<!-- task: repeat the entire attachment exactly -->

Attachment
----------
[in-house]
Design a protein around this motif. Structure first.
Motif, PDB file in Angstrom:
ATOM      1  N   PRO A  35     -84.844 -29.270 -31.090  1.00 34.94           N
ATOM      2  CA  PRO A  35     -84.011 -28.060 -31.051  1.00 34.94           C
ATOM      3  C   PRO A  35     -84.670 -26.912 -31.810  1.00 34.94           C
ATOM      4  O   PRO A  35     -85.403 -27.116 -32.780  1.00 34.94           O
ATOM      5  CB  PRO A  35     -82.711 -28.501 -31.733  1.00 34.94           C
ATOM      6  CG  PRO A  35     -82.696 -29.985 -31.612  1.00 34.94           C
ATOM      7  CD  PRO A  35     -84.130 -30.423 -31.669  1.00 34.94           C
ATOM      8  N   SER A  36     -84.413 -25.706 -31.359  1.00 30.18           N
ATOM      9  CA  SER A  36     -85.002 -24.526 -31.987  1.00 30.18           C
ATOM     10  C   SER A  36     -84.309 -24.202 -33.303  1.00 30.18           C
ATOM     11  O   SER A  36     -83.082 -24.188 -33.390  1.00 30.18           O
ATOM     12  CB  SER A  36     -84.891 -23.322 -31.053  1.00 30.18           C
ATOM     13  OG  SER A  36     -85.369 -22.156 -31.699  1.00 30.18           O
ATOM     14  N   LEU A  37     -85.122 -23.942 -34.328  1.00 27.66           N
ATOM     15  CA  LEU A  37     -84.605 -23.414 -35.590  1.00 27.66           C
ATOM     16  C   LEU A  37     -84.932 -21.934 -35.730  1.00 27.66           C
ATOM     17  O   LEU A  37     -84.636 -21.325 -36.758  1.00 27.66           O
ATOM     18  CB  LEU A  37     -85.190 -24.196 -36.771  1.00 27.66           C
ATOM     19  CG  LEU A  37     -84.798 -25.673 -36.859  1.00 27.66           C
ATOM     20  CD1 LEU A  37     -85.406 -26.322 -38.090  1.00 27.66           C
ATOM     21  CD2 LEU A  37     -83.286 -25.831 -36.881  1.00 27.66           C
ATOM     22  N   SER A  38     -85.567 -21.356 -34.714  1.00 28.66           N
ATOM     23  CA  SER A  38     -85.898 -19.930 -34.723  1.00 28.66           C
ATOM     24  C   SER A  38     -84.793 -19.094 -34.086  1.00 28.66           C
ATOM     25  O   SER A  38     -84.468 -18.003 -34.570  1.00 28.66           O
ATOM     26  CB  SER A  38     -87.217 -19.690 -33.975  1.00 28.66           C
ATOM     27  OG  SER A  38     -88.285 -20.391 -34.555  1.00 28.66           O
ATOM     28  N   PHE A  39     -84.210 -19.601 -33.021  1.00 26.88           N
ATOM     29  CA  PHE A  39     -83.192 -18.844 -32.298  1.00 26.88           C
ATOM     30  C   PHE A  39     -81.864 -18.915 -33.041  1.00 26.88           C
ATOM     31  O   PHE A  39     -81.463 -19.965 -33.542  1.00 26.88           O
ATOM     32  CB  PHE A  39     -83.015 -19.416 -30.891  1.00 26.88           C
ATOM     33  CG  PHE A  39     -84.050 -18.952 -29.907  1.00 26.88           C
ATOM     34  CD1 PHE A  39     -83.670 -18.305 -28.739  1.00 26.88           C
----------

[in-house]
Design a protein around this motif. Structure first.
Motif, PDB file in Angstrom:
ATOM      1  N   PRO A  35     -84.844 -29.270 -31.090  1.00 34.94           N
ATOM      2  CA  PRO A  35     -84.011 -28.060 -31.051  1.00 34.94           C
ATOM      3  C   PRO A  35     -84.670 -26.912 -31.810  1.00 34.94           C
ATOM      4  O   PRO A  35     -85.403 -27.116 -32.780  1.00 34.94           O
ATOM      5  CB  PRO A  35     -82.711 -28.501 -31.733  1.00 34.94           C
ATOM      6  CG  PRO A  35     -82.696 -29.985 -31.612  1.00 34.94           C
ATOM      7  CD  PRO A  35     -84.130 -30.423 -31.669  1.00 34.94           C
ATOM      8  N   SER A  36     -84.413 -25.706 -31.359  1.00 30.18           N
ATOM      9  CA  SER A  36     -85.002 -24.526 -31.987  1.00 30.18           C
ATOM     10  C   SER A  36     -84.309 -24.202 -33.303  1.00 30.18           C
ATOM     11  O   SER A  36     -83.082 -24.188 -33.390  1.00 30.18           O
ATOM     12  CB  SER A  36     -84.891 -23.322 -31.053  1.00 30.18           C
ATOM     13  OG  SER A  36     -85.369 -22.156 -31.699  1.00 30.18           O
ATOM     14  N   LEU A  37     -85.122 -23.942 -34.328  1.00 27.66           N
ATOM     15  CA  LEU A  37     -84.605 -23.414 -35.590  1.00 27.66           C
ATOM     16  C   LEU A  37     -84.932 -21.934 -35.730  1.00 27.66           C
ATOM     17  O   LEU A  37     -84.636 -21.325 -36.758  1.00 27.66           O
ATOM     18  CB  LEU A  37     -85.190 -24.196 -36.771  1.00 27.66           C
ATOM     19  CG  LEU A  37     -84.798 -25.673 -36.859  1.00 27.66           C
ATOM     20  CD1 LEU A  37     -85.406 -26.322 -38.090  1.00 27.66           C
ATOM     21  CD2 LEU A  37     -83.286 -25.831 -36.881  1.00 27.66           C
ATOM     22  N   SER A  38     -85.567 -21.356 -34.714  1.00 28.66           N
ATOM     23  CA  SER A  38     -85.898 -19.930 -34.723  1.00 28.66           C
ATOM     24  C   SER A  38     -84.793 -19.094 -34.086  1.00 28.66           C
ATOM     25  O   SER A  38     -84.468 -18.003 -34.570  1.00 28.66           O
ATOM     26  CB  SER A  38     -87.217 -19.690 -33.975  1.00 28.66           C
ATOM     27  OG  SER A  38     -88.285 -20.391 -34.555  1.00 28.66           O
ATOM     28  N   PHE A  39     -84.210 -19.601 -33.021  1.00 26.88           N
ATOM     29  CA  PHE A  39     -83.192 -18.844 -32.298  1.00 26.88           C
ATOM     30  C   PHE A  39     -81.864 -18.915 -33.041  1.00 26.88           C
ATOM     31  O   PHE A  39     -81.463 -19.965 -33.542  1.00 26.88           O
ATOM     32  CB  PHE A  39     -83.015 -19.416 -30.891  1.00 26.88           C
ATOM     33  CG  PHE A  39     -84.050 -18.952 -29.907  1.00 26.88           C
ATOM     34  CD1 PHE A  39     -83.670 -18.305 -28.739  1.00 26.88           C